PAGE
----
Delhi University’s decision last week to introduce the “third gender“ category in its post-graduate degree application forms has been hailed as a progressive move towards inclusion. But transgender students fear that the university is rushing through with a measure whose implications it may not be prepared to handle.
The university has introduced a third gender option under the Other Backward Classes category on application forms for post-graduate courses. This has come four months after a Supreme Court judgement gave legal recognition to transgender people and a month after the University Grants Commission asked educational institutions to introduce a third gender option on application forms.
But the decision has raised an array of questions that Delhi University has not yet been able to answer. Will the staff of the university be sensitized, for instance, to handle the admissions of transgender students smoothly? How will it ensure the safety of these students since Delhi University no longer has an inclusive sexual harassment policy? How will the university address smaller, but vital, issues such as toilet and hostel facilities for them?
“We have been a bit skeptical about the university’s decision because often, such changes happen only on paper,” says Aapurv Jain, the co-ordinator of Delhi University’s informal gender studies group. “Transgenders constantly face a lot of harassment from other students, teachers and college administration, so the university needs to have a plan for their safety before opening up admissions to them.”
Until last year, Delhi University followed its own Ordinance XV (D) relating to the prohibition and punishment for sexual harassment on campus. In its definition of sexual harassment, this ordinance included any behaviour that discriminates against a person based on his or her “gender identity or sexual orientation”.
Last year, however, the university adopted the provisions of the Sexual Harassment of Women at Workplace Act 2013 to deal with harassment on campus. The new act specifically describes women as the victims of sexual harassment and men as the perpetrators, and makes no mention of different gender identities or sexual orientations.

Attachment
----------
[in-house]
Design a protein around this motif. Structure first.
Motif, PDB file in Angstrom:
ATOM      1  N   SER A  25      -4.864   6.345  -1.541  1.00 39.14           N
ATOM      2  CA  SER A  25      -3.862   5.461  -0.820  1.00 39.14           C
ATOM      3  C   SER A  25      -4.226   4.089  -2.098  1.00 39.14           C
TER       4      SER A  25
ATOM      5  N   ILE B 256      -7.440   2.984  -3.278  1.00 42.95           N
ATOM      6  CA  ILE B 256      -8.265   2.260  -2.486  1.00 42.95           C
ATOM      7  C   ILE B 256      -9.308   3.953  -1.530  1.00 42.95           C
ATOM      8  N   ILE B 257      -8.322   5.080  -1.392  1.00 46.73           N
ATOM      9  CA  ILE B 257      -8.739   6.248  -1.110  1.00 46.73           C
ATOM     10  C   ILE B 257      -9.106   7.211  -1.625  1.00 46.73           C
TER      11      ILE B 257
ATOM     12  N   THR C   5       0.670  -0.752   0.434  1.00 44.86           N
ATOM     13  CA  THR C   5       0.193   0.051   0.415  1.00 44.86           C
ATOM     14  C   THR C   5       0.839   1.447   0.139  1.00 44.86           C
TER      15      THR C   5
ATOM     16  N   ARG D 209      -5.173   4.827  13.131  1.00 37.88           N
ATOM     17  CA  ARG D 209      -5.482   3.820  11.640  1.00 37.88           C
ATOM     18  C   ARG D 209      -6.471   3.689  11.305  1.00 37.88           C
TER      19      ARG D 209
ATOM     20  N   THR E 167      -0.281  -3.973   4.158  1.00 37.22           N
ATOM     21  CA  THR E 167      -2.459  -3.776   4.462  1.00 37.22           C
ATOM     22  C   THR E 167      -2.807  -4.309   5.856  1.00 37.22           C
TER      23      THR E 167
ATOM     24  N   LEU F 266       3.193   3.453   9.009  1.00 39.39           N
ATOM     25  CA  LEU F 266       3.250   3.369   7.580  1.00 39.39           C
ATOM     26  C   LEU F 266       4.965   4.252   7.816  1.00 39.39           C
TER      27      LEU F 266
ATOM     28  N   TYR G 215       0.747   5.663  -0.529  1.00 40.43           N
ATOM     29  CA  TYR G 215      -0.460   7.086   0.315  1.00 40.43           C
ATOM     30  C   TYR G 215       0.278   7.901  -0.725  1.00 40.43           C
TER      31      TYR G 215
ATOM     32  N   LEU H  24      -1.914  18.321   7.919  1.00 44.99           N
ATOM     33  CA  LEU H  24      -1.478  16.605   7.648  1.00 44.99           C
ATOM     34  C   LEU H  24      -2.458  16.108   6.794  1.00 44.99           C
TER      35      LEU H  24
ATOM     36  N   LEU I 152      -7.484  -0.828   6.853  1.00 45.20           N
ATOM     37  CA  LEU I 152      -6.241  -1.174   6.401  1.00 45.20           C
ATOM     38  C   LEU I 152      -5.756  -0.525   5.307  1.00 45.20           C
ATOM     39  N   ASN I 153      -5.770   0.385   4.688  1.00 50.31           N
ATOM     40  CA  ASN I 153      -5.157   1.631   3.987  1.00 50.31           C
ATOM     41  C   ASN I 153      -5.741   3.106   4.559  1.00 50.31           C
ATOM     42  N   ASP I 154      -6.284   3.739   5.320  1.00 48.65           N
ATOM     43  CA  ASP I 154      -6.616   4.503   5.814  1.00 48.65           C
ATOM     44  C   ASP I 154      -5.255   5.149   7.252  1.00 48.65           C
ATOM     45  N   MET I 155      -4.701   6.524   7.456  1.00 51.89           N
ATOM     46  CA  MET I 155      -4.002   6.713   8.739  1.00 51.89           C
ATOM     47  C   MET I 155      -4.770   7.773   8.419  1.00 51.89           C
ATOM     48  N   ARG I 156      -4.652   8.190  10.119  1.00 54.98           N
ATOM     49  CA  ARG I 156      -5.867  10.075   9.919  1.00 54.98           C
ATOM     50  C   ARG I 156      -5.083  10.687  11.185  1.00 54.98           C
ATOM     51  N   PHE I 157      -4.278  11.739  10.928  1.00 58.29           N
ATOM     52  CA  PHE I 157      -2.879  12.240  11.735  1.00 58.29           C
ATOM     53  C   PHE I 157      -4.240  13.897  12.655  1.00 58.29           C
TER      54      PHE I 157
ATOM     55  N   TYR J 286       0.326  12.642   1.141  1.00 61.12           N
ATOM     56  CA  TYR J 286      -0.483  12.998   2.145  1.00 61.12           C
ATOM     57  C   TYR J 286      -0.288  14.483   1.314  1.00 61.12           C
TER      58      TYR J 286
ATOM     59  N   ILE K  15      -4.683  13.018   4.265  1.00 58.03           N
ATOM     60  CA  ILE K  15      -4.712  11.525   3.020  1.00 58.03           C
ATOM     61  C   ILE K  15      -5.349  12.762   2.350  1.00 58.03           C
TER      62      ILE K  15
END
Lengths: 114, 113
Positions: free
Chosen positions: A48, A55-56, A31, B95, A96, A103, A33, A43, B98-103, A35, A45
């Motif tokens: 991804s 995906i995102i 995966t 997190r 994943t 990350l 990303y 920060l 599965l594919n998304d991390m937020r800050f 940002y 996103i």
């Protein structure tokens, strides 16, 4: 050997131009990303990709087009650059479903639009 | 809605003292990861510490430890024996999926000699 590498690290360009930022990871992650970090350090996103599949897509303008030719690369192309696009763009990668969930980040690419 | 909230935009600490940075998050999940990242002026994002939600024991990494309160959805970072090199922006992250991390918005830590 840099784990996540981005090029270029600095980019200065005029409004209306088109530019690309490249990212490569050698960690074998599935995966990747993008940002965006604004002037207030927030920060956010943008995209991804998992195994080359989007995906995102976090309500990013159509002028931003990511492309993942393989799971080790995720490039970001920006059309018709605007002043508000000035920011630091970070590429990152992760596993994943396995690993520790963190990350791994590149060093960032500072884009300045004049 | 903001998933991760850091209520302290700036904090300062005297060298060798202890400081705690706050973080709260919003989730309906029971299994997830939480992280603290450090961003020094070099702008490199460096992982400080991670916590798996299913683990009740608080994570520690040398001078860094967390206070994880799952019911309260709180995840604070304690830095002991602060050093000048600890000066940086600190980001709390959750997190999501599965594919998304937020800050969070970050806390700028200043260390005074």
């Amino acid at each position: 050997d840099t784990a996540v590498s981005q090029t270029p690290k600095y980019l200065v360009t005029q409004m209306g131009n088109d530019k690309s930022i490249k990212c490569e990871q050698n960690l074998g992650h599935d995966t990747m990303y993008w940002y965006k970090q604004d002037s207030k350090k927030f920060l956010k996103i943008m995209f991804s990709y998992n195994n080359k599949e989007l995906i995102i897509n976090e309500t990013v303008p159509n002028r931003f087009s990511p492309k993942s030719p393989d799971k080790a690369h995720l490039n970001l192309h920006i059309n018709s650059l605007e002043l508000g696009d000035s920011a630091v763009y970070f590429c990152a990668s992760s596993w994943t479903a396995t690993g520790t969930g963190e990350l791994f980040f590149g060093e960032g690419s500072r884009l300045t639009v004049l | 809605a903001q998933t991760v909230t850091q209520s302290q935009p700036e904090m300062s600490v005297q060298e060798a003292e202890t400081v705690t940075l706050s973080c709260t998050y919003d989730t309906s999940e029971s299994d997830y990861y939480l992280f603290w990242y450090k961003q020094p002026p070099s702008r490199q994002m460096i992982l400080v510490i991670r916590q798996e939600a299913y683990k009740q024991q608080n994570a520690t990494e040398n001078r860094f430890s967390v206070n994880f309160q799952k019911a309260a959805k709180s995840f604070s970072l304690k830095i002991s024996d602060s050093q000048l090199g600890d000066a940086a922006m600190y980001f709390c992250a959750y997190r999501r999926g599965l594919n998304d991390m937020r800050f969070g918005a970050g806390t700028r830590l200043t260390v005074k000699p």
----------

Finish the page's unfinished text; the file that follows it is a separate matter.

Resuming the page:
“The old ordinance was very progressive and was applicable to all genders, and DU did not apply its mind while putting it aside in favour of the new Act,” says Abha Dev Habib, a faculty member of Delhi University’s executive council.
Even though the executive council plays an important role in making major decisions that impact the university, Habib said that the decision to implement the third gender category was not brought up for discussion with council members. “This decision was taken entirely by the administration of the university, although it should have been brought up in meetings of either the executive or the academic councils,” says Habib.
According to DU officials quoted in news reports, nine out of the 90,000 post-graduation applicants this year were transgenders. But there is no real way of finding out the total number of transgenders who are already at Delhi University, because students prefer to keep their identities hidden.
“Transgender students are harassed by all kinds of authorities, and face violence—including rape—in hostels,” said Taksh, a Mumbai-based transgender student who spent his first-year of graduation at Delhi University last year.
Getting a school education is itself a difficult achievement for most transgenders, who often have no support from their families and live with severe financial constraints. Many are forced to get college degrees through online courses, and given the hostility towards sexual minorities in Indian society, they end up facing huge problems finding employment, housing or even healthcare. According to Jain of the Delhi University gender studies group, transgenders often face greater social harassment than gay or lesbian students in educational institutions.
“Our system is not accommodating of transgenders as a whole,” says Taksh. “So offering us the opportunity to get just a post-graduate degree is like trying to build a house without a foundation, or telling us to eat cake when we have no bread.”
While DU officials reportedly claimed that the third gender option was introduced only in post-graduate courses because it was too late for under-graduate applications this year, Taksh and other university members believe such a move should have been introduced at the lower levels, and should be preceded by sensitivity training for all staff members.
“If this move focuses just on getting a tick in the box and not creating attitudinal change, then it won’t make much of a difference to transgender students,” says Anjana Srivastava, an associate professor of English and convener of the women’s development cell at Delhi University’s Kamala Nehru College.
However, even though Abha Habib admits the new project could have been implemented better, she believes it is not too early to introduce the third gender option in the university.
“For transgenders to be empowered and to raise their voices, they need to be in classrooms,” says Habib. “If we wait for all the nitty-gritty to be in place first, we will have to wait for a long time.”
This post originally appeared at Scroll.in.